One weekend morning, an alarm went off under my window at 8:30 A.M. An hour later, it was still going off and then going back on. I called the local precinct. They sent a police car and ticketed the offending vehicle. At 12:32 P.M., it was still going off periodically. I called them again. They said they were aware of the problem and were working on it. I appreciate the efforts of the police, but the laws are too weak.

Every time I mention this to anyone, I get the same response: "Ha ha. You're very clever. That would be a wonderful idea. But it's so unrealistic. You can't outlaw car alarms." No one ever explains why they can't be banned; the public considers it self-evident. I have no understanding of why no one can seriously consider outlawing car alarms.

Noise is bad for one's mental and physical health. "Experts say 20 million Americans face hearing loss from excessive noise," according to an article in the March 6, 1990, issue of the New York Times. The article reports that noise makes people angry and violent. A physician, Dr. David Glass, is cited as saying, "Among the sounds that are particularly noticeable are ambulance sirens and automobile burglar alarms." Ambulance sirens, as it happens, serve a purpose; car alarms do not—unless the purpose is to enrich the companies that make them. I wonder how much these companies have contributed to the campaign funds of legislators.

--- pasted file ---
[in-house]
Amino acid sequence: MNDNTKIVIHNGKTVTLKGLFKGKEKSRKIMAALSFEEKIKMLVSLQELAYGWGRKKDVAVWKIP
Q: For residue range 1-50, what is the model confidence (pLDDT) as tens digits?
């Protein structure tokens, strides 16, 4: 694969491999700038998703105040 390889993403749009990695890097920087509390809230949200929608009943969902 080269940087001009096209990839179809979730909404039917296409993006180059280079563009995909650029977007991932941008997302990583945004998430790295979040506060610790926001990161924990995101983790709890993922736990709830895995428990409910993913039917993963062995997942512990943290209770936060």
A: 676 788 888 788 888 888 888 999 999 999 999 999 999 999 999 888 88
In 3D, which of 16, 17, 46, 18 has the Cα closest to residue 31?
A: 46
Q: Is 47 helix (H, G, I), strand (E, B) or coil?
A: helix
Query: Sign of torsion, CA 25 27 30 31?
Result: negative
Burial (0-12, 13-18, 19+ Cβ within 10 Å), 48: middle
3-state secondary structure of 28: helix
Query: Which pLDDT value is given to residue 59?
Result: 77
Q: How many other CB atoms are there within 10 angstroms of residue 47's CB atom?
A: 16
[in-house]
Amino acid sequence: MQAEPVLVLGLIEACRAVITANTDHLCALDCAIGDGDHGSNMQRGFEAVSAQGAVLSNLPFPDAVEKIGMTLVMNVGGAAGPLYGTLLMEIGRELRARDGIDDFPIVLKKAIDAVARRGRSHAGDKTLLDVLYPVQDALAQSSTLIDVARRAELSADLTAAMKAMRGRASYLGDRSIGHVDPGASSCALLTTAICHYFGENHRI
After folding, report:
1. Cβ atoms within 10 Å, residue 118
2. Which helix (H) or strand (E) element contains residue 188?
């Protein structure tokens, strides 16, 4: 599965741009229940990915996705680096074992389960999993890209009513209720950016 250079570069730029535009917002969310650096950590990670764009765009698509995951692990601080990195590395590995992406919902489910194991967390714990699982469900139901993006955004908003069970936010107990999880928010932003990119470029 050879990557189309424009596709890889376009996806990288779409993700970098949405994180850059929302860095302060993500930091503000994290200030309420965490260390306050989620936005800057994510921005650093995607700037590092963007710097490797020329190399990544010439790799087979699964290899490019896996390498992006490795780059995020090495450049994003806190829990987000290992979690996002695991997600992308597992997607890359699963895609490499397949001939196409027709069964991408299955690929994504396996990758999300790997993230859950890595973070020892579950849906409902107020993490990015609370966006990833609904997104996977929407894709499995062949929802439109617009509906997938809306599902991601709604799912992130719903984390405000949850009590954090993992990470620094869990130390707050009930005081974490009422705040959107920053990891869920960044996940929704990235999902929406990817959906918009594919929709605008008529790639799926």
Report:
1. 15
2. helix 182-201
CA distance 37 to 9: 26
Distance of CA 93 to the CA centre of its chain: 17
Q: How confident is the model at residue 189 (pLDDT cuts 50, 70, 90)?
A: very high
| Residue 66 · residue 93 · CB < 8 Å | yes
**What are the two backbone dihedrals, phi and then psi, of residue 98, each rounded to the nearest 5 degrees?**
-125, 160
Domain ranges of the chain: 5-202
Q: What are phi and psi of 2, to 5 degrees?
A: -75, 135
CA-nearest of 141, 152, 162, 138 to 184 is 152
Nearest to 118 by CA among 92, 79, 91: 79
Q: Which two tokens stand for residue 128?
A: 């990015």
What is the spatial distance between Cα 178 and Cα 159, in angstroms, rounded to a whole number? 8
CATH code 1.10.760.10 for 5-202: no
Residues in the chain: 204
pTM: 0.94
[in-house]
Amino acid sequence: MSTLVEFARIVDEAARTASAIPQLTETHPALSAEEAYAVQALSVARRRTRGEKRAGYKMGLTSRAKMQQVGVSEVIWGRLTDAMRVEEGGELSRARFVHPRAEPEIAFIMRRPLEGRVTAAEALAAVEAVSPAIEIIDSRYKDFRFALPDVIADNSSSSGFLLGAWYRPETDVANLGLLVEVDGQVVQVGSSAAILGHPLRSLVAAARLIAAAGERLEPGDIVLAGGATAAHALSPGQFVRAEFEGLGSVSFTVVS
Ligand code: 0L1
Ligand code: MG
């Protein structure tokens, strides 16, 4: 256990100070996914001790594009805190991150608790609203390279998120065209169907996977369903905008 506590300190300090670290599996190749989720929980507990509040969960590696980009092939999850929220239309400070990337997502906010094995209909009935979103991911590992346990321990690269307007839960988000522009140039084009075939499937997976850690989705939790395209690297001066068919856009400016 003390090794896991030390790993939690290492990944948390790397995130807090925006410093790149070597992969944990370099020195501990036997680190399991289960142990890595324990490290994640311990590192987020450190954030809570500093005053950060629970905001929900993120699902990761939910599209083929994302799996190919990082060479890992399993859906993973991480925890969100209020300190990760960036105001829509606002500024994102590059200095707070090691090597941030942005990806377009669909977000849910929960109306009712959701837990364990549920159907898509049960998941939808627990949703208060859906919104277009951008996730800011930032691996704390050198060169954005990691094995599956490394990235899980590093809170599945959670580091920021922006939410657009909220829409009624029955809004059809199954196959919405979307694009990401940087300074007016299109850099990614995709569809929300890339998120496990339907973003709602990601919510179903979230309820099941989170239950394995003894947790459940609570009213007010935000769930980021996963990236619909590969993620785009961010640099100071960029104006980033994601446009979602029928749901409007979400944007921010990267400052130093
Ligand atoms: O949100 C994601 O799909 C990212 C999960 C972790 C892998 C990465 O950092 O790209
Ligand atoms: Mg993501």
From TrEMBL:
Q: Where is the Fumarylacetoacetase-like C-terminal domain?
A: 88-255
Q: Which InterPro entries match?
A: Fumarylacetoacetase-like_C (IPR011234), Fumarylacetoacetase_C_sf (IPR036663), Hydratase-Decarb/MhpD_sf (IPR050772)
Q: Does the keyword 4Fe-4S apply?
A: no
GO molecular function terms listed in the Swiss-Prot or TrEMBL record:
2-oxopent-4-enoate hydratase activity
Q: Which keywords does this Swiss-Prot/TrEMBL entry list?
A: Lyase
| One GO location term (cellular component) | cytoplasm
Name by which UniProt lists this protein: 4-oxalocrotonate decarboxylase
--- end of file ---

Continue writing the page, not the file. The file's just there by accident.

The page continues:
America is a wonderful country. Its residents are creative, bright, tolerant and law abiding; its cultural, intellectual and financial strengths are justly famous throughout the world. The United States is the wealthiest country in the world, but it cannot claim to be civilized if its air is shattered by car alarms all day and all night.

The problem is not restricted to America. When I visited Poland in 1998, I heard the screams of car alarms piercing the beautiful medieval streets of Cracow. Even in China, where citizens are actively discouraged from expressing their opinions, there have been "an increasing number of complaints from sleep-deprived Beijing residents," according to a news story in the February 27, 1997, issue of China Daily ("New regulation to curb excessive car-alarm noise"). Chinese officials, alas, have reacted with a weak and irrelevant response, just as American politicians have: they drafted regulations "to order drivers using car alarms to set their devices at a lower sensitivity level."

Why haven't politicians noticed that car alarms continue to lower the quality of life? I just don't understand.

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George Jochnowitz was born in New York City, in 1937.  He became aware of different regional pronunciations when he was six, and he could consciously switch accents as a child. He got his Ph.D. in linguistics from Columbia University and taught linguistics at the College of Staten Island, CUNY.  His area of specialization was Jewish languages, in particular, Judeo-Italian dialects.  As part of a faculty-exchange agreement with Hebei University in Baoding, China, he was in China during the Tiananmen Massacre. He can be reached at george@jochnowitz.net.
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Copyright ©2012. George Jochnowitz. All Rights Reserved. This post can be found on George Jochnowitz.   It is republished here with the author's permission.